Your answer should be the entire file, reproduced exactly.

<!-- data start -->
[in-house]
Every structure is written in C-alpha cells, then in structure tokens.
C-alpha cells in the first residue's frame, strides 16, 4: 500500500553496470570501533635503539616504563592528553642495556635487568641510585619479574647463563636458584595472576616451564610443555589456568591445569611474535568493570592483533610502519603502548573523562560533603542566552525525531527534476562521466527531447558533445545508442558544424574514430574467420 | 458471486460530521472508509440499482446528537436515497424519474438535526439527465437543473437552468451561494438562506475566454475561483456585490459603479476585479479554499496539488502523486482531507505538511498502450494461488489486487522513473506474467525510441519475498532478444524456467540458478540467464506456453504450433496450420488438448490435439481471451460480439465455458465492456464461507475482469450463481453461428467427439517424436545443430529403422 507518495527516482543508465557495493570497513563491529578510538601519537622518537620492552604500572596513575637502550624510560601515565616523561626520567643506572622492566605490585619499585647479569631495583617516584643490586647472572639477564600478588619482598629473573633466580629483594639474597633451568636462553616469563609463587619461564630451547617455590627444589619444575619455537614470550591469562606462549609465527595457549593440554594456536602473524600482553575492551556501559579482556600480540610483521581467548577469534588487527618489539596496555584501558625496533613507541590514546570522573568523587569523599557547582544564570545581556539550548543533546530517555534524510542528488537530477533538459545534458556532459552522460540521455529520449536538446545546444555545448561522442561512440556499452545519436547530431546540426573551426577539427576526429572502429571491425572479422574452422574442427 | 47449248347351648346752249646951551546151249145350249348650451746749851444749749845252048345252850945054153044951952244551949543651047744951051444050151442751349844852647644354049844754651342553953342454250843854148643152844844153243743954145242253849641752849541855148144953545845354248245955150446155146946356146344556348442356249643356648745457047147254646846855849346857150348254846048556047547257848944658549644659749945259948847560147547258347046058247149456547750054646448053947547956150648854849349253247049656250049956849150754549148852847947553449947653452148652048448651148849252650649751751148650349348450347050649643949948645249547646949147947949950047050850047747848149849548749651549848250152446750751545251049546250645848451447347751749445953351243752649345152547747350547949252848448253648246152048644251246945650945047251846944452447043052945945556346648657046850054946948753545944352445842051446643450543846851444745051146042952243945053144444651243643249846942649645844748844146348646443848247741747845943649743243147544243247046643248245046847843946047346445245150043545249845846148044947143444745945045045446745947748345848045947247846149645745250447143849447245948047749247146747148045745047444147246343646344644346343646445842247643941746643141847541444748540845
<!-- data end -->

[in-house]
Every structure is written in C-alpha cells, then in structure tokens.
C-alpha cells in the first residue's frame, strides 16, 4: 500500500553496470570501533635503539616504563592528553642495556635487568641510585619479574647463563636458584595472576616451564610443555589456568591445569611474535568493570592483533610502519603502548573523562560533603542566552525525531527534476562521466527531447558533445545508442558544424574514430574467420 | 458471486460530521472508509440499482446528537436515497424519474438535526439527465437543473437552468451561494438562506475566454475561483456585490459603479476585479479554499496539488502523486482531507505538511498502450494461488489486487522513473506474467525510441519475498532478444524456467540458478540467464506456453504450433496450420488438448490435439481471451460480439465455458465492456464461507475482469450463481453461428467427439517424436545443430529403422 507518495527516482543508465557495493570497513563491529578510538601519537622518537620492552604500572596513575637502550624510560601515565616523561626520567643506572622492566605490585619499585647479569631495583617516584643490586647472572639477564600478588619482598629473573633466580629483594639474597633451568636462553616469563609463587619461564630451547617455590627444589619444575619455537614470550591469562606462549609465527595457549593440554594456536602473524600482553575492551556501559579482556600480540610483521581467548577469534588487527618489539596496555584501558625496533613507541590514546570522573568523587569523599557547582544564570545581556539550548543533546530517555534524510542528488537530477533538459545534458556532459552522460540521455529520449536538446545546444555545448561522442561512440556499452545519436547530431546540426573551426577539427576526429572502429571491425572479422574452422574442427 | 47449248347351648346752249646951551546151249145350249348650451746749851444749749845252048345252850945054153044951952244551949543651047744951051444050151442751349844852647644354049844754651342553953342454250843854148643152844844153243743954145242253849641752849541855148144953545845354248245955150446155146946356146344556348442356249643356648745457047147254646846855849346857150348254846048556047547257848944658549644659749945259948847560147547258347046058247149456547750054646448053947547956150648854849349253247049656250049956849150754549148852847947553449947653452148652048448651148849252650649751751148650349348450347050649643949948645249547646949147947949950047050850047747848149849548749651549848250152446750751545251049546250645848451447347751749445953351243752649345152547747350547949252848448253648246152048644251246945650945047251846944452447043052945945556346648657046850054946948753545944352445842051446643450543846851444745051146042952243945053144444651243643249846942649645844748844146348646443848247741747845943649743243147544243247046643248245046847843946047346445245150043545249845846148044947143444745945045045446745947748345848045947247846149645745250447143849447245948047749247146747148045745047444147246343646344644346343646445842247643941746643141847541444748540845